I don't remember what Chekhov would call that.

Monday, May 3, 2010

We Eat Animals

"On the second, third, fourth, and fifth days, our friends Sam and Eleanor brought us food. Lots of food. Far more than we could eat: lentil salad, chocolate truffles, roasted vegetables, nuts and berries, mushroom risotto, potato pancakes, green beans, nachos, wild rice, oatmeal, dried mango, pasta primavera, chili -- all of it comfort food. We could have eaten in the cafeteria or ordered in. And they could have expressed their love with visits and kind words. But they brought all of that food, and it was a small good thing that was needed."
-- Jonathan Safran Foer, Eating Animals 

Every single time we have a potluck (today was the fifth this year), someone proclaims midway through the first plate, "THIS one is the best ever." And they are always right. Because we up the ante every time. I have had to stop saying anything about "THIS" being the "best bite of food I have EVER put in my mouth," because it is starting to sound like hyperbole (but it has been true every time I have said it this year).

So far, it's been my goal to just make something that would actually get eaten, and at least there was a dent in today's shrimp and grits. [Photo by Chef Tom.]

I've read three food books in the last few weeks: Elizabeth Bard's Lunch in Paris; Cathy Erway's The Art of Eating In (inspired by her blog, Not Eating Out in New York), and now I'm finishing up Jonathan Safran Foer's Eating Animals -- the one that everyone says turned them vegetarian halfway through.

I'm still an omnivore -- but Foer's book came up a few times during today's potluck/housewarming brunch. Along with Hannah Arendt's Origins of Totalitarianism; Monsanto as thinly-veiled in Michael Clayton; "Hoarders;" and 52 Loaves: One Man's Relentless Pursuit of Truth, Meaning, and a Perfect Crust. (Here's the npr interview that came up -- I haven't read the book yet, but plan to.) The first guests arrived at 11 am and the last left at 9:15 pm, so there was a lot to cover.

We didn't have any vegetarians today (sometimes we do). We could probably best be characterized as Michael Pollan-Moderates, though I don't think any of us found anything new in Food, Inc. Factory farming is a disgusting, unhealthy, reprehensible business. We all know a lot about it and we all do our best not to subsidize it, to varying degrees. (Even if you could get beyond the bad politics, bad economics, and disease of factory farming, no one could doubt its culinary crimes -- it tastes like what it is: wretched and hateful). My Dad is a lifelong farmer and utterly committed carnivore (with the triple bypass scars to show for it) and he still won't eat chicken. He's fond of saying (with some drama) that if you opened a can of chicken soup in his kitchen and he "had to smell the stench of misery that went into that can," he would "throw up." I know people who gave up bacon after Food, Inc. -- but not chicken. Though I didn't learn anything I didn't already know, at least maybe Foer will school a few on what a joke most "free-range" labeling is. (He gives "organic" far more of a pass than I would.)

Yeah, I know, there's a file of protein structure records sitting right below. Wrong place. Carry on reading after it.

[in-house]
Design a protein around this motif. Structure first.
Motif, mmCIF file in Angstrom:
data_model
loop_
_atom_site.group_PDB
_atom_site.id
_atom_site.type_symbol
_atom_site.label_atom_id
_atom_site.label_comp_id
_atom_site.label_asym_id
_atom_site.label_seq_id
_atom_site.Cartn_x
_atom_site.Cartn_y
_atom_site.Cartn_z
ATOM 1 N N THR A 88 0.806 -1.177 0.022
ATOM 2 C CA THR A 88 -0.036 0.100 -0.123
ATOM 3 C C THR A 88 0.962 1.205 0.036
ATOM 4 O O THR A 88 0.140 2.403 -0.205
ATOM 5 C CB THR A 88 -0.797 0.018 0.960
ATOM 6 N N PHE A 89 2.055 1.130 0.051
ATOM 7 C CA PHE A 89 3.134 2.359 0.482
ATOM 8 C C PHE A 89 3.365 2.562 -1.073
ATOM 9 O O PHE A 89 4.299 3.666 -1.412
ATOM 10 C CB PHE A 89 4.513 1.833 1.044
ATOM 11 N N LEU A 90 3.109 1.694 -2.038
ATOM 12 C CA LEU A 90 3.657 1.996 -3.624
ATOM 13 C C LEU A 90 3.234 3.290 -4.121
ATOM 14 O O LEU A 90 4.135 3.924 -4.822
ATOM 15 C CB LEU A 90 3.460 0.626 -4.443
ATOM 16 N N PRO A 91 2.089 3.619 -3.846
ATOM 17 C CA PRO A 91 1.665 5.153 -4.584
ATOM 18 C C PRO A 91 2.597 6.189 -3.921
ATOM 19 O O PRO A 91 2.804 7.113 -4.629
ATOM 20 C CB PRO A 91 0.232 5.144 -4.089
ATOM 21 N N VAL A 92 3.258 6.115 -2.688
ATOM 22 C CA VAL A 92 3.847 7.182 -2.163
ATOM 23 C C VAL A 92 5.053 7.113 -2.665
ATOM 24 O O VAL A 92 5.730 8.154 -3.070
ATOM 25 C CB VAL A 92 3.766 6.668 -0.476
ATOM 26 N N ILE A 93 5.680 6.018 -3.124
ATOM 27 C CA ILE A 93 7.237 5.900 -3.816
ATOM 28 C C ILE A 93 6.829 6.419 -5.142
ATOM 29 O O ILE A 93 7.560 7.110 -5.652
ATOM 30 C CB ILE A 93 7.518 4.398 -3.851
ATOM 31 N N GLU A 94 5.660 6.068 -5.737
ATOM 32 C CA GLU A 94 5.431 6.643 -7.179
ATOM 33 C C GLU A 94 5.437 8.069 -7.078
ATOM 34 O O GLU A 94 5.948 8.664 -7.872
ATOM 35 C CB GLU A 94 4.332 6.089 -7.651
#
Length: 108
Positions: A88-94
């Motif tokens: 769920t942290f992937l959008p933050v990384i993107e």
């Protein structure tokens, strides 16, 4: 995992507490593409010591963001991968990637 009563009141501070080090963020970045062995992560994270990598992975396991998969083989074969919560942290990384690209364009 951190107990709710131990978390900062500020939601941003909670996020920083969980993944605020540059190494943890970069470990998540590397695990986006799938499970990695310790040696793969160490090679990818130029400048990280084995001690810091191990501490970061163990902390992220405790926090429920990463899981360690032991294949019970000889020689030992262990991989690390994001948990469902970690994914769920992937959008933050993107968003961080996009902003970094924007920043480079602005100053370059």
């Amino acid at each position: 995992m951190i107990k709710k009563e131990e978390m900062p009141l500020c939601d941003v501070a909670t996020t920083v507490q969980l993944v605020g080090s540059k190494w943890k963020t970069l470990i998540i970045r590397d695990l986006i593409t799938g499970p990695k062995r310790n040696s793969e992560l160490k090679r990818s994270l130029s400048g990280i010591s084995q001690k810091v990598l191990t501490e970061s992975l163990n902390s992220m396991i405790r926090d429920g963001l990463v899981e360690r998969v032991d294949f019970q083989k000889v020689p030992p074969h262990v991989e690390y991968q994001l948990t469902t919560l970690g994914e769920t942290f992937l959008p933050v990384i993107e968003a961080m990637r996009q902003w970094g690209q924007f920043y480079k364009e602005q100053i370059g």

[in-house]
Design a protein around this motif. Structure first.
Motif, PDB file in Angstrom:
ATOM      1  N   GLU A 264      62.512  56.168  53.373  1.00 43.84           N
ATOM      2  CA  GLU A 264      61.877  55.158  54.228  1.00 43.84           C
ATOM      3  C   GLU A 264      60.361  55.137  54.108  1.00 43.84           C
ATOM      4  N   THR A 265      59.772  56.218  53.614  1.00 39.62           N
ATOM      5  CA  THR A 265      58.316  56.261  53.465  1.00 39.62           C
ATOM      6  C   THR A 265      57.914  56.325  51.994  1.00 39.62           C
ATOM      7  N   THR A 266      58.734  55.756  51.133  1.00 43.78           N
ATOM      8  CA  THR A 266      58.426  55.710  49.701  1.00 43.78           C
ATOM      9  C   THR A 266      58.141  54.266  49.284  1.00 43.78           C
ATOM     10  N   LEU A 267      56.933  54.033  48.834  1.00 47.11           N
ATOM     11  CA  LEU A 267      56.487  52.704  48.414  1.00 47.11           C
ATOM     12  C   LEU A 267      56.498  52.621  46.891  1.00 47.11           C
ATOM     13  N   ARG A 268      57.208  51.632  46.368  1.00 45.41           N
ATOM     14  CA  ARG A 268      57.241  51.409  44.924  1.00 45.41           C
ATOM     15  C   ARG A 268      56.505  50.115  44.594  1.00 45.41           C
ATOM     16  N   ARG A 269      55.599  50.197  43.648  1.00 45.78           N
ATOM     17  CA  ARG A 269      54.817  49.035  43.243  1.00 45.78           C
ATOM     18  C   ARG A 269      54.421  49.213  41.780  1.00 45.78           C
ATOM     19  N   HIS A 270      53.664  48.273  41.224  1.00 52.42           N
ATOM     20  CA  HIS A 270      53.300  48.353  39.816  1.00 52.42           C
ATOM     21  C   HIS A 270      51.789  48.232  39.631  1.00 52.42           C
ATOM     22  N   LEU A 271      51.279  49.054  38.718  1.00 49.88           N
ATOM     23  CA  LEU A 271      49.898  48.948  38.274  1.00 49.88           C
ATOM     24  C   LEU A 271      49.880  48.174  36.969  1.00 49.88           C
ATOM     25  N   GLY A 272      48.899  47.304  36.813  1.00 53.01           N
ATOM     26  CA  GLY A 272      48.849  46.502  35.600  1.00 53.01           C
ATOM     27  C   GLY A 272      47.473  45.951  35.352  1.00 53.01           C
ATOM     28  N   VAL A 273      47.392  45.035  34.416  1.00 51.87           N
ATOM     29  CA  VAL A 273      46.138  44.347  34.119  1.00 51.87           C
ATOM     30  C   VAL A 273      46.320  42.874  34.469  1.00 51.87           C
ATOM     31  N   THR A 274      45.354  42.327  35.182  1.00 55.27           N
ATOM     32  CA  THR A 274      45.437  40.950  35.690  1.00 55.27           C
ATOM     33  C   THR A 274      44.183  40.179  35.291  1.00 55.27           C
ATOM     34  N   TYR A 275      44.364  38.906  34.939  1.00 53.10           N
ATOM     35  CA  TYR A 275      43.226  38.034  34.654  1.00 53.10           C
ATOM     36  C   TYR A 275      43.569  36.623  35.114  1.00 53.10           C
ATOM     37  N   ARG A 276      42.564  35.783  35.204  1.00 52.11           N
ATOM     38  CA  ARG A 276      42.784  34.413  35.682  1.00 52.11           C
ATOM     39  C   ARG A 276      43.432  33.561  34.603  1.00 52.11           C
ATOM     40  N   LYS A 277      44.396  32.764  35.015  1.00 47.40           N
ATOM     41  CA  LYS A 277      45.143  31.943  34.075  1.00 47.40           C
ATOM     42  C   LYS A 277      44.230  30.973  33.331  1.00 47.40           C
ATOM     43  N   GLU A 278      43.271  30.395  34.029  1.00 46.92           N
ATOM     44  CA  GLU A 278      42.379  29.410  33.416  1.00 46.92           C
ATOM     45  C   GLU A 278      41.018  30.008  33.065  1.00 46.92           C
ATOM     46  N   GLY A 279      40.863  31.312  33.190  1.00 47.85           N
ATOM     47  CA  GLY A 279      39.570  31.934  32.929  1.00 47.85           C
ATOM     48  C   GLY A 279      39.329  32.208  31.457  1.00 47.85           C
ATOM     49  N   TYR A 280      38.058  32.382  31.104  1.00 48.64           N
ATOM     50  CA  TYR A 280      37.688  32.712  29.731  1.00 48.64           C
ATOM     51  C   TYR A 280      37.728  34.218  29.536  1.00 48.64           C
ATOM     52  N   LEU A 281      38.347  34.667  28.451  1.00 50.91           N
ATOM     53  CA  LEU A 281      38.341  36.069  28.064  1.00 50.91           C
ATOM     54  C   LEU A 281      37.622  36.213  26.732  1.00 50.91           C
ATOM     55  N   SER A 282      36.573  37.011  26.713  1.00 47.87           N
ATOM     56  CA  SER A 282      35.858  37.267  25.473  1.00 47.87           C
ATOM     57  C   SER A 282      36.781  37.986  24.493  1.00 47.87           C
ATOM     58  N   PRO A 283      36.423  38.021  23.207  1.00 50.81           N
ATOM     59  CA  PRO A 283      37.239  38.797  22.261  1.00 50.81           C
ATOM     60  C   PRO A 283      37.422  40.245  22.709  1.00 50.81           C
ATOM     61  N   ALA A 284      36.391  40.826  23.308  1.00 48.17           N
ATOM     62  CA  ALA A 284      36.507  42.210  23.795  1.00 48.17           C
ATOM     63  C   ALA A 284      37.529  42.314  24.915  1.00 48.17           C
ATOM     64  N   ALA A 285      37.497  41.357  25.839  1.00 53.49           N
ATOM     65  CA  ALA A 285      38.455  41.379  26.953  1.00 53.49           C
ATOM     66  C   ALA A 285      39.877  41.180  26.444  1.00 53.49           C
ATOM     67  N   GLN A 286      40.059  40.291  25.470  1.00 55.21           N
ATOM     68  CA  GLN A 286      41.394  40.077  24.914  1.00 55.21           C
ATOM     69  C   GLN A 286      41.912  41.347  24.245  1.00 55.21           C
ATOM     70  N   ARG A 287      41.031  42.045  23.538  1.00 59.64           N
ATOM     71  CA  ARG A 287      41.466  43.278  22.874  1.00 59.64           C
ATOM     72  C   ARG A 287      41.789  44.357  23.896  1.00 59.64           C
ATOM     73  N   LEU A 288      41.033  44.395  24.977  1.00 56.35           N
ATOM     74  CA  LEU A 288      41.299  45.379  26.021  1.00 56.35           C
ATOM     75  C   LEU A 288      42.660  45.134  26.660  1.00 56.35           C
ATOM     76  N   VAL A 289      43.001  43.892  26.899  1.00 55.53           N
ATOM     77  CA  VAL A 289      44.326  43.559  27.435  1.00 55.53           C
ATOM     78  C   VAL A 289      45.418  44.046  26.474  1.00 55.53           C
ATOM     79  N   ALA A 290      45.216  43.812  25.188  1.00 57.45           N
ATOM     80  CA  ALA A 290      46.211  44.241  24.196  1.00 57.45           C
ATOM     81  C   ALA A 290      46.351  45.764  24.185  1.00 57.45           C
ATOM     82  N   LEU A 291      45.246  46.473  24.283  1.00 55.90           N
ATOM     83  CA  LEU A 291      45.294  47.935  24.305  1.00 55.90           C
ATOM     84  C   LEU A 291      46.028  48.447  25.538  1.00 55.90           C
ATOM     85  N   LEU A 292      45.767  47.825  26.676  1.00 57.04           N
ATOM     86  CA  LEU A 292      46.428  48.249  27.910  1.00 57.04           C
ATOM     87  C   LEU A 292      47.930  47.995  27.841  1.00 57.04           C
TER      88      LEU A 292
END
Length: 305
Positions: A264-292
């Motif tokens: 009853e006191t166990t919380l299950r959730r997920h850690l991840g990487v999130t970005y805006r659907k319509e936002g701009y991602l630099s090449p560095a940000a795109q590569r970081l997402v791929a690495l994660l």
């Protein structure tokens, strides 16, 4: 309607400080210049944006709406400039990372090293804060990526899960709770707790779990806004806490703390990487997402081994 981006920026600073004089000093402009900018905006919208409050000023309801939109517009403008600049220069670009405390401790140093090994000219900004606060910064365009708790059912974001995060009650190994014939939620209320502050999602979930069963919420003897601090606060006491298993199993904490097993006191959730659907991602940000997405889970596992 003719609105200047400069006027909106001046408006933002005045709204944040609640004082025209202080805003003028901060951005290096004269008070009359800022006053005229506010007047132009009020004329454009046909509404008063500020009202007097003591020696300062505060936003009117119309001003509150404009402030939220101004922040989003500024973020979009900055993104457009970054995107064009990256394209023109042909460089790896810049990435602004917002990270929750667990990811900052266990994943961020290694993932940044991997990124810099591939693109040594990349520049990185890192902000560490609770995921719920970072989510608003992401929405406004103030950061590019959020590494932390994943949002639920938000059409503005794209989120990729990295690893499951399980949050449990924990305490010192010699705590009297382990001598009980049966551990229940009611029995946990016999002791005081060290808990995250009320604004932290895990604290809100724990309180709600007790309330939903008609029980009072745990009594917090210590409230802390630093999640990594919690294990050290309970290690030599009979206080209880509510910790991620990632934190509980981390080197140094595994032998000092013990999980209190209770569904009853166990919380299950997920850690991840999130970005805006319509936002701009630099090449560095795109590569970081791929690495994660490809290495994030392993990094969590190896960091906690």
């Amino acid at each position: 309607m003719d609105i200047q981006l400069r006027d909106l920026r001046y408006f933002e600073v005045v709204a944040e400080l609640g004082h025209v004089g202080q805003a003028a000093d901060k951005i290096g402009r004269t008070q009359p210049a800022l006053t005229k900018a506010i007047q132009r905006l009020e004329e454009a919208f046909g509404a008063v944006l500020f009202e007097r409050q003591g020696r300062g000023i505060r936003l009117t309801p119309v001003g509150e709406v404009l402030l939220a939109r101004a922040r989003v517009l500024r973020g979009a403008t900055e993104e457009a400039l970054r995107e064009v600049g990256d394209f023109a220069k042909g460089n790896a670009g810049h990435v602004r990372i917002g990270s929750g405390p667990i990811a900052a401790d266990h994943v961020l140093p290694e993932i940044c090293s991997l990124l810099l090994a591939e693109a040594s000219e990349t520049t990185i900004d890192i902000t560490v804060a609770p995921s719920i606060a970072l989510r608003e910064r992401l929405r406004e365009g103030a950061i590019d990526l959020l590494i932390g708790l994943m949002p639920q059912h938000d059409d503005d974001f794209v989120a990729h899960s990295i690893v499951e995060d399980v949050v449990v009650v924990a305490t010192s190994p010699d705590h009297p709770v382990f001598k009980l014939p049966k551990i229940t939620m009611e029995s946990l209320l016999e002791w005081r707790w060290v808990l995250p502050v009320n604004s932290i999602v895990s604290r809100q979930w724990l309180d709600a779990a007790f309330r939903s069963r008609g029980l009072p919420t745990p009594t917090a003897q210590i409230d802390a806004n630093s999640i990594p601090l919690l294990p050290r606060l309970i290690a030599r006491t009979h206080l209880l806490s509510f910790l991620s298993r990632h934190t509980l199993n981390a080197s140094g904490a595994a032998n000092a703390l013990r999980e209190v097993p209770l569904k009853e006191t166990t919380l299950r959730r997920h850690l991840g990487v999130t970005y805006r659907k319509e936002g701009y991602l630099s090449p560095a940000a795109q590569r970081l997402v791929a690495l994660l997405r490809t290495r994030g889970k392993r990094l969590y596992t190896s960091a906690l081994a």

At any rate, our now-monthly gatherings have developed a set of rules -- all of them related to snobbery, and none of them sociopolitical. Non-Foodies are allowed to attend, but they are limited to contributions of ice and liquor. There are always a few offers to "pick something up" (presumably a Kroger pie), but no one is allowed to pollute our Food Religion. Every single thing on the table is homemade. Every single thing is a labor of love representing the best effort possible to outdo our neighbors and make everyone sick -- sick -- with envy. Oh sure, you can pick up dessert... if you want Rachel to have an aneurysm right in front of you.

It was an impressive turnout, given the epic -- nay Biblical -- rains. A few maybes stayed home to mop up their flooded basements (but Maybes don't get invited back anyway), but it was otherwise a full house and a full menu.

Mostly, I just spent the evening trying to think up stuff I could slice with my new deluxe $437,000 housewarming-present Williams-Sonoma mandoline from the FoodGays. (Now I can stop relentlessly borrowing theirs -- though I will always be a Special Occasion user, whereas I suspect theirs gets a routine workout.)

All I can say is: watch your fingers.